Director: William Malone

Starring: Geoffrey Rush, Famke Janssen, Taye Diggs

A group of strangers are offered a cash prize to spend the night in a haunted house.

Unlike Jan De Bont’s recent horrendous remake of The Haunting, William Malone’s confident 1999 remake of William Castle’s classic 1958 B-movie House on Haunted Hill is a respectful adaptation that sticks quite closely to the original movie. It eventually adds a few twists to the original story, and takes full advantage of the advances of special effects techniques since the 1950s (with decidedly mixed results) but fundamentally it’s very similar, and even includes a couple of scenes which mimic the original quite closely. The film, about a man (Rush, reprising the role played by Vincent Price in the original) who lures a group of people to a party, promising great rewards to anyone who manages to survive the night, is more overtly graphic, and manages to sustain a genuinely creepy atmosphere, (helped enormously by an elaborate sound mix, and a terrific score by The Matrix’s Don Davis).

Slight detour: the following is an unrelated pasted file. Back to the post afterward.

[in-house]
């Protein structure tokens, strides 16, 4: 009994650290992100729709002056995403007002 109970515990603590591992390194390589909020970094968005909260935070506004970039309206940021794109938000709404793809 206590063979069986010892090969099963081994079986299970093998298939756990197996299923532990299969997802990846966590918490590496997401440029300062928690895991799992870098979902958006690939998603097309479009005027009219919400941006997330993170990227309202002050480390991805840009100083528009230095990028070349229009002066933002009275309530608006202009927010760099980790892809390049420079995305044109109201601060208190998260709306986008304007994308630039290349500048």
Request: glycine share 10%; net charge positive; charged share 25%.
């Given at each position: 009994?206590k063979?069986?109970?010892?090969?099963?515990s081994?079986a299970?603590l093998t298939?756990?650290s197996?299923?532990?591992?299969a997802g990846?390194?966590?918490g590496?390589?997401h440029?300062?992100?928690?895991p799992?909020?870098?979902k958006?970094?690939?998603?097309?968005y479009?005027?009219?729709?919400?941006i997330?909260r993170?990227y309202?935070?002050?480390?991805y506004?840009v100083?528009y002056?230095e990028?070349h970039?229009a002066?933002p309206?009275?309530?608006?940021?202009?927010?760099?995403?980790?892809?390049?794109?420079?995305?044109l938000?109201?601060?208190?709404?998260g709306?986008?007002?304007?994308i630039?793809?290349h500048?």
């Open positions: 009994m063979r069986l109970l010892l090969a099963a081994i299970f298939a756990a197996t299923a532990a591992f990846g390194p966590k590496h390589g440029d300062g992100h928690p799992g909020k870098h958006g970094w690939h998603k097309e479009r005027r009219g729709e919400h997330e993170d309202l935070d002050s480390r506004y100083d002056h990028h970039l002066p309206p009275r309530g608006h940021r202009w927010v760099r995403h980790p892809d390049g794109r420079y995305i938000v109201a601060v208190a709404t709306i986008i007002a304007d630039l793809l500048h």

Warner’s disc is a blast, featuring a first-rate Dolby Digital 5.1 audio at (384 kbps) and (1.85:1, anamorphic) video transfer and elaborate animated menus. The disc also contains a number of worthwhile bonus features, including a commentary track; six mini behind-the-scenes documentaries; trailers for the 1958 and 1999 versions; a very short trailer for the director’s 1985 movie Creature (a.k.a. Titan Find); a representation of what the Saturation Chamber experience might be like (basically a whirlwind montage of clips and stills with suitable sound effects); a twenty-minute featurette comparing the two versions of the film (and including some material on Castle’s Homicidal); and a number of minor DVD-ROM features. The disc also contains three deleted scenes, accompanied by Malone’s reasons from not using them. These include two different versions of a scene that introduced Sara Wolfe (Ali Larter) and her bitchy boss, played by Debi Mazar (who doesn’t appear in the finished film). Mazar also appears in an unused coda sequence reminiscent of Amicus portmanteau movies like – appropriately enough – Asylum. This sequence features the reappearance of Jeffrey Combs, here adding to his credentials as a genuine horror genre icon.






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